Two local golf courses to be auctioned online

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Two public golf courses east of Pittsburgh are up for sale.

The Glengarry Golf Links in Unity, south of Latrobe, and the Phoenix at Buffalo Valley in Armstrong County near Freeport, are being offered at a December auction.

Both courses are owned by the Vincent Nese Construction Co. in Monroeville. Sheldon Good & Co. in New York City, a nationwide real estate auctioneer, is conducting the sale.

"The owner is going to refocus his business in his primary area of construction," said Mark Troen, a Pittsburgh native who is chief operating officer of Sheldon Good.

The deadline for sealed bids is Dec. 18.

Both courses will remain open during the winter, weather permitting, and will be open next year, even if they are not sold, according to a spokesman.

"Glengarry is reminiscent of the famed Scottish Links in Scotland," Mr. Troen said. "It is set with a beautiful backdrop of the Laurel Highlands and it has tall native grasses and numerous elevation changes. The word 'links' means 'rising ground or ridges,' and this course has those. It also has six lakes, and as is typical of the Scottish courses, few big trees."

The golf course is located at 168 Lenz Road, Latrobe, and was built in 1999 with a planned development of 54 single family homes surrounding it.

Eight unsold home sites can be included in the sale, as well.

Jeff Mansfield of Greensburg, has been a regular at Glengarry for the past five years.

"It's a great little golf course," he said. "I'm 60 and it's not too long and not too difficult."

"Both of these golf courses generate nice revenues," Mr. Troen said.

He said an estimated 30,000 rounds will be played at Glengarry this year, and the property features a spacious clubhouse, restaurant and grill with indoor and outdoor seating and a fully stocked pro-shop. Projected revenue for 2012 is more than $1 million.

Glengarry has a good catering business and non-golf activities, he said.

The Phoenix at Buffalo Valley was previously known as Buffalo Valley Country Club. The property, located at 499 Freeport Road, just north of Freeport, reopened in 2011 after a major renovation.

A spokesman said all greens and fairways were redone and reconditioned and some holes were redesigned, with some trees and bunkers removed.

It has a restaurant and bar, as well, and the parkland-style course is located in a rural area of scenic mature trees and rolling hills, and features eight lakes and signature white sand traps.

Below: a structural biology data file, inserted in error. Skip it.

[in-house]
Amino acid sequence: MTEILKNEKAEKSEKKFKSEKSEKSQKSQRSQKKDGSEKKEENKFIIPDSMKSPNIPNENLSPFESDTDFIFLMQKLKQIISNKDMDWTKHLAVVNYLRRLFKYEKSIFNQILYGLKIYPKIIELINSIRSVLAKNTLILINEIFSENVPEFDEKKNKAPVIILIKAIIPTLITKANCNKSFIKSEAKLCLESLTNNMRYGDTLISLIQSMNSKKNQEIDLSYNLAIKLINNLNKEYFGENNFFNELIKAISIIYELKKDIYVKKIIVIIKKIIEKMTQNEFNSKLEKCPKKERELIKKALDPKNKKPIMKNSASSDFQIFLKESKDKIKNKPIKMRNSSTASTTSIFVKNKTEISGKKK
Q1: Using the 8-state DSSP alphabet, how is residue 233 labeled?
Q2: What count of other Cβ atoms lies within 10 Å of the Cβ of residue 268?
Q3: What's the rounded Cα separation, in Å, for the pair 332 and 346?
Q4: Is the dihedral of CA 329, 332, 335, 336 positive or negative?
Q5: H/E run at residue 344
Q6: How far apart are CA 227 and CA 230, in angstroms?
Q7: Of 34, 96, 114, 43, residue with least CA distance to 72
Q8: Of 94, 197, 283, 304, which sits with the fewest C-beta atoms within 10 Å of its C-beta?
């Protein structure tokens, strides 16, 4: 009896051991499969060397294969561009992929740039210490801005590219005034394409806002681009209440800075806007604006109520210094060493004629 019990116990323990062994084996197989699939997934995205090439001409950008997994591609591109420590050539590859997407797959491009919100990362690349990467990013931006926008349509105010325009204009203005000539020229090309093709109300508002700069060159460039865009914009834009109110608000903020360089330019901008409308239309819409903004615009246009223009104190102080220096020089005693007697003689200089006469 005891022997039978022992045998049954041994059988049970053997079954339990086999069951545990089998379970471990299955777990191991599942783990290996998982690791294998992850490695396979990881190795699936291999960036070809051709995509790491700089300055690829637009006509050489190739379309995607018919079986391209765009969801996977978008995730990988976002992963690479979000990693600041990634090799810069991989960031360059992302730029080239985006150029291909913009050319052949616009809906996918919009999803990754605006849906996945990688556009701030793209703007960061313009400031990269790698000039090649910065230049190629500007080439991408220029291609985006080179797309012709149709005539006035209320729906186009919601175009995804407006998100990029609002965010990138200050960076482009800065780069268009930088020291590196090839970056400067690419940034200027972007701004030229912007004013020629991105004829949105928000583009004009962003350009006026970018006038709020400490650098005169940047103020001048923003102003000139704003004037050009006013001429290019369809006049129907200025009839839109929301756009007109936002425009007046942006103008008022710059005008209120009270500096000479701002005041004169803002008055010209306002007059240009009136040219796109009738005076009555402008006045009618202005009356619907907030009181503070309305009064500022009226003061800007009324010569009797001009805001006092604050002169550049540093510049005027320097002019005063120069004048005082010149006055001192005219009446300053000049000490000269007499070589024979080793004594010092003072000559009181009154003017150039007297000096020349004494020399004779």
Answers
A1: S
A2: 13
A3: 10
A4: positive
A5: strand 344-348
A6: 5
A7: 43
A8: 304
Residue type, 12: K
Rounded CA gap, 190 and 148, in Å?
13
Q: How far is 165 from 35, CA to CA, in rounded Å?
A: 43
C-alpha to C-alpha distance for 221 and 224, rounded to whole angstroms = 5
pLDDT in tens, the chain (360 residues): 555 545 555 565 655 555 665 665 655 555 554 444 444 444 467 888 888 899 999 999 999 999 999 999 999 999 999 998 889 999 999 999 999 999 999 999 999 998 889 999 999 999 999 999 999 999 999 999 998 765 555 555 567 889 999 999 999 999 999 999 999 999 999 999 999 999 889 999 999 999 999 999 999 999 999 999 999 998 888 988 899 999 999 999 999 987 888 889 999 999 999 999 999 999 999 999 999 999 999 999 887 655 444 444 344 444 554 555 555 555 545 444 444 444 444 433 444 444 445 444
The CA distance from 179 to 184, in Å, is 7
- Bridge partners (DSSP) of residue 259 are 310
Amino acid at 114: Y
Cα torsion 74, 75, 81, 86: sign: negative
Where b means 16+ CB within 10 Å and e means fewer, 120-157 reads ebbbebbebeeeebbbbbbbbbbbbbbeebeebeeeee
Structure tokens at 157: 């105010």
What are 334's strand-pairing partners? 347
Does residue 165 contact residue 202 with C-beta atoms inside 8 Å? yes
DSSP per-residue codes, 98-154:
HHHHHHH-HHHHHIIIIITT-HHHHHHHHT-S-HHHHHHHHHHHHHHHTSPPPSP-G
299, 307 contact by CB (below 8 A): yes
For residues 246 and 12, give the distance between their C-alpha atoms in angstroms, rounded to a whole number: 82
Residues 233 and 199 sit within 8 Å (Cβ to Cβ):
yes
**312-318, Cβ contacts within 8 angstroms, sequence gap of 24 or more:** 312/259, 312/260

Buffalo Valley is located near the Allegheny River and is close to the Freeport exit of Route 28. The counties of Westmoreland, Allegheny, Butler and Armstrong all meet within a few miles.

Mr. Troen said an auction, rather than a sale, accelerates the process because it sets a deadline, and the market sets the price. His company has an online brochure, with financial figures for buyers to review, and open houses will be scheduled.

Golf is a popular sport in Western Pennsylvania. There are approximately 500 golf courses in Western Pa., according to the Sheldon Good company, and most area high schools have competitive golf teams.

Bob Allshouse, of the Westmoreland County Golf Association, doesn't believe there are too many golf courses in the area. He said that junior golf is strong in Western Pennsylvania, and the organization promotes competition and tournaments to challenge young golfers.

He said golf also remains popular with area seniors, as well.

"Working-age people, with busy kids and careers, don't have as much time," he said. "And golf is more time consuming than going out and playing tennis for an hour."

According to the American Association of Retired People, nearly 9 million people age 50 and over are hitting the links, making up 34 percent of all U.S. golfers. There were 28.6 million golfers in the United States in 2009, according to the National Golf Foundation.

Mr. Allshouse noted the popularity of the links-style of golf courses took off in the mid-2000s.

"You saw Oakmont Country Club, which had allowed several mature trees to grow over 70 years, cut them some of them down to return to the original links concept of the course that began in Scotland."

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Debra Duncan, freelance writer:


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